Tree Roots require three things : water, oxygen, and soil compaction levels low enough (or with void spaces sufficiently large enough) to allow root penetration. If all these conditions are met, roots can grow to great depths. Under ideal soil and moisture conditions, roots have been observed to grow to more than 20 feet (6 meters) deep.
Early studies of tree roots from the 1930s, often working in easy-to-dig loess soils, presented an image of trees with deep roots and root architecture that mimicked the structure of the top of the tree. The idea of a deeply-rooted tree became embedded as the typical root system for all trees. Later work on urban trees that were planted in more compacted soils more often found very shallow, horizontal root systems. Urban foresters have successfully spent a lot of energy trying to make people understand that tree roots have a basically horizontal orientation, to the point that even many tree professionals now believe that deep roots in trees are a myth. The truth lies somewhere in between deep roots and shallow roots.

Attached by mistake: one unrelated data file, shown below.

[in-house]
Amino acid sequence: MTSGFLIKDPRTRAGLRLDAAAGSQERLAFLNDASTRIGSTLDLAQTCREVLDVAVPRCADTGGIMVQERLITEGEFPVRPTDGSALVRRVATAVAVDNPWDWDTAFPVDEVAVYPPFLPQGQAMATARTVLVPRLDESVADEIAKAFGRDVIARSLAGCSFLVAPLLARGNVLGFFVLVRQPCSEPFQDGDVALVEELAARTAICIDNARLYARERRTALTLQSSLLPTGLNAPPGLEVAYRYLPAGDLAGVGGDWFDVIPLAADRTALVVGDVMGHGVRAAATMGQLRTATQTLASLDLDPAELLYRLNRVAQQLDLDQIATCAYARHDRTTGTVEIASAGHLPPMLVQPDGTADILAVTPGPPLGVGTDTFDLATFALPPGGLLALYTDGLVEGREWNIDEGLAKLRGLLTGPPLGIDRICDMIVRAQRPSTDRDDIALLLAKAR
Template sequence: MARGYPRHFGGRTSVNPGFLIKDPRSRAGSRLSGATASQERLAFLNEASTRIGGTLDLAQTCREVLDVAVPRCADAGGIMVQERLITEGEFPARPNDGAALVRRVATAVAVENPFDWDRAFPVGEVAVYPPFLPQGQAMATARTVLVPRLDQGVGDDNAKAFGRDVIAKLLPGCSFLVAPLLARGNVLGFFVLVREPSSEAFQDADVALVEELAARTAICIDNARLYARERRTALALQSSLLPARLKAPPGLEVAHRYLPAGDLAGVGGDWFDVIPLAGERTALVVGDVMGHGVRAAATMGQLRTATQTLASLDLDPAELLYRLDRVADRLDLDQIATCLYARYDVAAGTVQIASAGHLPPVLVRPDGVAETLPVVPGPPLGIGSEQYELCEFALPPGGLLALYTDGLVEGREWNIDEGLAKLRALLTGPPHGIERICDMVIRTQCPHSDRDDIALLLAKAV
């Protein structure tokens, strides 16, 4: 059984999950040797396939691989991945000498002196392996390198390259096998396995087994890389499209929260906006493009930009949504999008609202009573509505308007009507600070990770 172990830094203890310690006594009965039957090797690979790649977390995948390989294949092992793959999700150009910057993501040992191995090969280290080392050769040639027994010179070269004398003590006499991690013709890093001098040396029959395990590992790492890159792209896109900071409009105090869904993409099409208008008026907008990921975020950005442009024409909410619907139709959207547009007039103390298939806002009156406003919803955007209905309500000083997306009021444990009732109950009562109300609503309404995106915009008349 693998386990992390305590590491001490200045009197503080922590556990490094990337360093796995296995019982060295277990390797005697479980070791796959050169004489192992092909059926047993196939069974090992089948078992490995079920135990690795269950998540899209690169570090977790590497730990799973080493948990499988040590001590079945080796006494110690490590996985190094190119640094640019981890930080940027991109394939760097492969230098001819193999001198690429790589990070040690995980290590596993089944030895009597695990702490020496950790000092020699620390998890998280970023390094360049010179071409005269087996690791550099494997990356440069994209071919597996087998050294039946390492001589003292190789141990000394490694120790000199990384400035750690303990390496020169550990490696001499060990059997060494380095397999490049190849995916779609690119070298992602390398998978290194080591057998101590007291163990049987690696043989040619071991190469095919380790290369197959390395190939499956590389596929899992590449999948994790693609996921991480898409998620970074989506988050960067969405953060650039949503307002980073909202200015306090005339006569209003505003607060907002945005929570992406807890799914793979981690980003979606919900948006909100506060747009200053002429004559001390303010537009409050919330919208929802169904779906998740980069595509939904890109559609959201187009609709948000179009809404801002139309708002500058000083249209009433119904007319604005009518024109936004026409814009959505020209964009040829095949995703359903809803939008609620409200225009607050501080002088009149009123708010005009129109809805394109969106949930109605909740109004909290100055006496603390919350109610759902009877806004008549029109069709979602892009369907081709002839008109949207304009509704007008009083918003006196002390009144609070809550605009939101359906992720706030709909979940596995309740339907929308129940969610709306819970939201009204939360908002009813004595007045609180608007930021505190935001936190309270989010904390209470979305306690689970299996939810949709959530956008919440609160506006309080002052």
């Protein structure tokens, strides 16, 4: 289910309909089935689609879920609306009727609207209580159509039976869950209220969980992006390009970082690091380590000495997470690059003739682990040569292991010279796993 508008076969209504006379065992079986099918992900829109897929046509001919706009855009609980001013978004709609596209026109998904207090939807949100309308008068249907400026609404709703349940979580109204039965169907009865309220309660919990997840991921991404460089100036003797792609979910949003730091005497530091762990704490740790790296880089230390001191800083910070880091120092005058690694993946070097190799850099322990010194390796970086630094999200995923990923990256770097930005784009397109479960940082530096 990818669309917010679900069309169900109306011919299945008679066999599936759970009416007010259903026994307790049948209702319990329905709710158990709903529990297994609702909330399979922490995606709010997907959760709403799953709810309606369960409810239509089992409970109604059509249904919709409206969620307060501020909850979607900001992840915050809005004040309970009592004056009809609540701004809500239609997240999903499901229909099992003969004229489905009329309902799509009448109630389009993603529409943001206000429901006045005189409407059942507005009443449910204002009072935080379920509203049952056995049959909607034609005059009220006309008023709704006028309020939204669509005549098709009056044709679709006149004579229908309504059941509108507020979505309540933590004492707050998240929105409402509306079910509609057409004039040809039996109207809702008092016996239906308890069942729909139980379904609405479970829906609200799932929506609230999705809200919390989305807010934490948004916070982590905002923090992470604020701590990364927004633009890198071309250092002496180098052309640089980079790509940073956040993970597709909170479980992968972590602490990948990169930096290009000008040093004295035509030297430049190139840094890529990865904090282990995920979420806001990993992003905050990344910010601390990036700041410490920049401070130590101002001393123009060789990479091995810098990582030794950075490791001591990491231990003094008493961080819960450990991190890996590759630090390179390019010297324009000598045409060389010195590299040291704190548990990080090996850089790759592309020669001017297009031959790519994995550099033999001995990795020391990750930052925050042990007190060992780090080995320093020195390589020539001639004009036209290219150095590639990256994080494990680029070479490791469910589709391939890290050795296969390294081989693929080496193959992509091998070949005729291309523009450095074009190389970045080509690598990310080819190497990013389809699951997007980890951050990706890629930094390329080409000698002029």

This totally horizontal root system formed on top of poorly drained soils.
“Trees are genetically capable of growing deep roots, but root architecture is strongly influenced by soil and climate conditions.”
The most typical limitations to tree rooting in urban areas are soil compaction and poor drainage. These are often related, with a compaction layer creating a poorly-draining hard pan. This results in a perched water layer that restricts roots. Hard pans and perched water tables can also be found in nature. In fine-grained clay soils and fine-grained silty soils, pore space — and therefore and rooting depth — is often limited. Since these conditions are quite common in urban areas, shallow rooted trees are often seen as “typical.
** This video.below is how to make the top of teak root coffee table flat.
Teak root Coffee Table Glass Top. Upload from Alas Gembol’s workshop/factory.
Yogyakarta, Indonesia.. Same process with other teak root table products.